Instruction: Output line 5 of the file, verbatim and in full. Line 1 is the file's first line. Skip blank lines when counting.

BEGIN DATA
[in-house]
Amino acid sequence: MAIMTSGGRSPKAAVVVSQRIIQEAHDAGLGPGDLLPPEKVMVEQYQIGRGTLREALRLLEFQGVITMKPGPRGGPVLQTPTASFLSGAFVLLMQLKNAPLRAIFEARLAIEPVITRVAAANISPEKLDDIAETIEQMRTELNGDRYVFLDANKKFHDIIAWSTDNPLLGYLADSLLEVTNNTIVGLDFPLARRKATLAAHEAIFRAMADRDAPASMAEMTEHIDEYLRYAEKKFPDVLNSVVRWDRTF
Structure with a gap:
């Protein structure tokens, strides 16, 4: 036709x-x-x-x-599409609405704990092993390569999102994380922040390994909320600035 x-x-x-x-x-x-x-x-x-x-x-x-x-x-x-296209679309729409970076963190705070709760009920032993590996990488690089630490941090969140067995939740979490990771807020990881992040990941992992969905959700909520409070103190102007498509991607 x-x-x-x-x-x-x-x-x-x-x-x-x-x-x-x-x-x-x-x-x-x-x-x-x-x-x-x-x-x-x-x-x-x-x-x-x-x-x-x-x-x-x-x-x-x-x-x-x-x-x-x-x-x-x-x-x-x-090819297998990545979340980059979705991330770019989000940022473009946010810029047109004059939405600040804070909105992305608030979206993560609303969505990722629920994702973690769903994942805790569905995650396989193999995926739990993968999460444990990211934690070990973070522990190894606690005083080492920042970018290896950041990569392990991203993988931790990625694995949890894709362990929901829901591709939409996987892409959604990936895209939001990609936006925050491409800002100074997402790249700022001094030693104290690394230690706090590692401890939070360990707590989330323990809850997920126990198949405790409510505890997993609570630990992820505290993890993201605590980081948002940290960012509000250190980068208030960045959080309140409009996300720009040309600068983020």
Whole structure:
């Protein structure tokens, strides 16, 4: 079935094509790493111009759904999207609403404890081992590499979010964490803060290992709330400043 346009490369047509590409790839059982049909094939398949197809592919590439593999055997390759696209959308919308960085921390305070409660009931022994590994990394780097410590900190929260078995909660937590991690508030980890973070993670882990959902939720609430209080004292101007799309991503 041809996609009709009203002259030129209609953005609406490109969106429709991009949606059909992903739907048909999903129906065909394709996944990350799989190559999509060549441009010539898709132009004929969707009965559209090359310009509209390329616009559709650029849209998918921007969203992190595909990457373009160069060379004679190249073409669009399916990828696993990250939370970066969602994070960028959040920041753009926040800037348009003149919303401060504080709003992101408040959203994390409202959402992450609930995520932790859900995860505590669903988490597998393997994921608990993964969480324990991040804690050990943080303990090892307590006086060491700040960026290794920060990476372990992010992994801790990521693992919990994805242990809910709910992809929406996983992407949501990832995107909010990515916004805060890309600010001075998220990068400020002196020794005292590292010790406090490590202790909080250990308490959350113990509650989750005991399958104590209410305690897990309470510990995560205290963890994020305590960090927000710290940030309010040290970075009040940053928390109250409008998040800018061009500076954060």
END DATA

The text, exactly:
Whole structure: